From Old LaF 14 February 2011
A paragraph in the Filey Parish Magazine, January 1896 informs us that ‘The Diocesan Inspection was held in our National Schools on Thursday, 21st November, by the Rev. E. J. Barry. An excellent report both of the Mixed and Infants’ School has been received.’ In 1874 the National Schools replaced the 1839 Church School on the same site in Scarborough Road. (Source, Michael Fearon, The History of Filey.) Though ‘National School’ was the official term it seems that most people referred to it as the Church (of England) school. Whatever, as the 19th century was drawing to a close it was being well run by the master, William Foster SMITH and his assistants. The Filey Parish Magazine for February 1896 reported that the National School had received the highest possible grant from Her Majesty’s Inspector and at the Prize-giving on 20th December 1895 Mr C. G. WHEELHOUSE, after praising the teaching staff, offered his congratulations to the children for the education they were receiving.
The National Schools were based on a monitorial system of instruction and four Monitors received prizes from Mr WHEELHOUSE – Lilian STOCKDALE, Harrison CAMMISH, Lillie COLLING and L. JENKINSON. The report goes on to mention other prize-winning children, two in Standard 4, seven in Standard 3, eight in Standard 2 and two in Standard 1.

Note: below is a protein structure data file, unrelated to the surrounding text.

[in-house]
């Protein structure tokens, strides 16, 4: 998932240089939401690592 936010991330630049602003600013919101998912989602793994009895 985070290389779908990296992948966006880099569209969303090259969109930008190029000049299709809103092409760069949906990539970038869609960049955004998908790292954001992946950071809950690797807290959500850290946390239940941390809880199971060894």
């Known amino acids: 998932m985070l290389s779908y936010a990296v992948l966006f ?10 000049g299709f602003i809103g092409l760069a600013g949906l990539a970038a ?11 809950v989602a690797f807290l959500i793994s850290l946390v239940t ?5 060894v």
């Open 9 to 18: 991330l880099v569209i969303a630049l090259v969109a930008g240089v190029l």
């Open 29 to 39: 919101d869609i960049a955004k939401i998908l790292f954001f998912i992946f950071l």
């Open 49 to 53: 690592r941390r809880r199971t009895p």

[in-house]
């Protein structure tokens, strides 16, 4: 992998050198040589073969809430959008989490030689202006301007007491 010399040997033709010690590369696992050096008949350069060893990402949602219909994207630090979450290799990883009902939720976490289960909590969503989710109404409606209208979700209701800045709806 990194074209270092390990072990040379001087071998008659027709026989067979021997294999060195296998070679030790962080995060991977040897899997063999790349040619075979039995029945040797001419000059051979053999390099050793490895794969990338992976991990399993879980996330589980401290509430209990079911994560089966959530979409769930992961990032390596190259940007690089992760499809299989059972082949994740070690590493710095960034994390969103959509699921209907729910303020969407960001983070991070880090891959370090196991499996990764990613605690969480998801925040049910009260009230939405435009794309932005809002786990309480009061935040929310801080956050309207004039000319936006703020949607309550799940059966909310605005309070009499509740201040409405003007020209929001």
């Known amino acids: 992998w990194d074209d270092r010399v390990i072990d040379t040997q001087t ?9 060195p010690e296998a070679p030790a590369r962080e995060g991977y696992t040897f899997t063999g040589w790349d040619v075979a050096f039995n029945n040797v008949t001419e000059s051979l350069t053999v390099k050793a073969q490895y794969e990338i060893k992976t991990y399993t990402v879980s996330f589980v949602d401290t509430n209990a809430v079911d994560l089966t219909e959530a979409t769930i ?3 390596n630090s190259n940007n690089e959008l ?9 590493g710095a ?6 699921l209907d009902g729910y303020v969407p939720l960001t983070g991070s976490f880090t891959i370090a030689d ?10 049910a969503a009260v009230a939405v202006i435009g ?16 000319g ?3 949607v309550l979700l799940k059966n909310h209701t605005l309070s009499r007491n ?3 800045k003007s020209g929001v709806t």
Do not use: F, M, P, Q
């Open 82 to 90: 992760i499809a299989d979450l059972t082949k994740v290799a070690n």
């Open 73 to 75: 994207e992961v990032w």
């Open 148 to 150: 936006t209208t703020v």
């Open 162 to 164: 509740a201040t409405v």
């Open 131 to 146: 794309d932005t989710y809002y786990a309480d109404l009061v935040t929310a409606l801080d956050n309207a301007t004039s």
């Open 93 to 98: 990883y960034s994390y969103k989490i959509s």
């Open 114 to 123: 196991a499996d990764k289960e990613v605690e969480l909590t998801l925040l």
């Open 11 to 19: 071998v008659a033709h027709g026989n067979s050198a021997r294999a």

I had been checking on the ages of some children for whom I had contradictory records and three were on this list! It dawned on me quite quickly though that Standard 4 wasn’t a class you entered at a certain age but one that you moved up to when you had reached a particular level of accomplishment in reading, writing and arithmetic. To get into Standard 4 you had to read a few lines of poetry or prose at the choice of the Inspector, write a sentence slowly dictated once and in arithmetic understand compound rules (money) and reduction (common weights and measures).
If you assume the Filey children who received the prizes were the bright ones it follows that they probably attained the ‘standards’ at an earlier age than their peers. I don’t have the complete class lists for 1895 so it is impossible to identify the youngest and oldest pupils in each Standard Class. I have estimated the age in December 1895 (in years and months) of all but two of the seventeen prize-winning children in Standards 1 to 3 and give the youngest and oldest below.
Youngest: Maggie COLLING, 8 yrs 9 mths
Oldest: Edward A. RAWSON, 8 yrs 10 mths
Youngest: Faith WALLER, 9 yrs 1 mth
Oldest: Christy WATKINSON, 10 yrs 11 mths
Youngest: Harry STOCKDALE, 10 yrs 6 mths
Oldest: Tom APPLEBY, 12 yrs 6 mths
The prize-winners represent a tiny sample of the school population but there’s a suggestion here that the age range within a class increases as the children climb the attainments ladder.
Williamson Memory on the Shared Tree.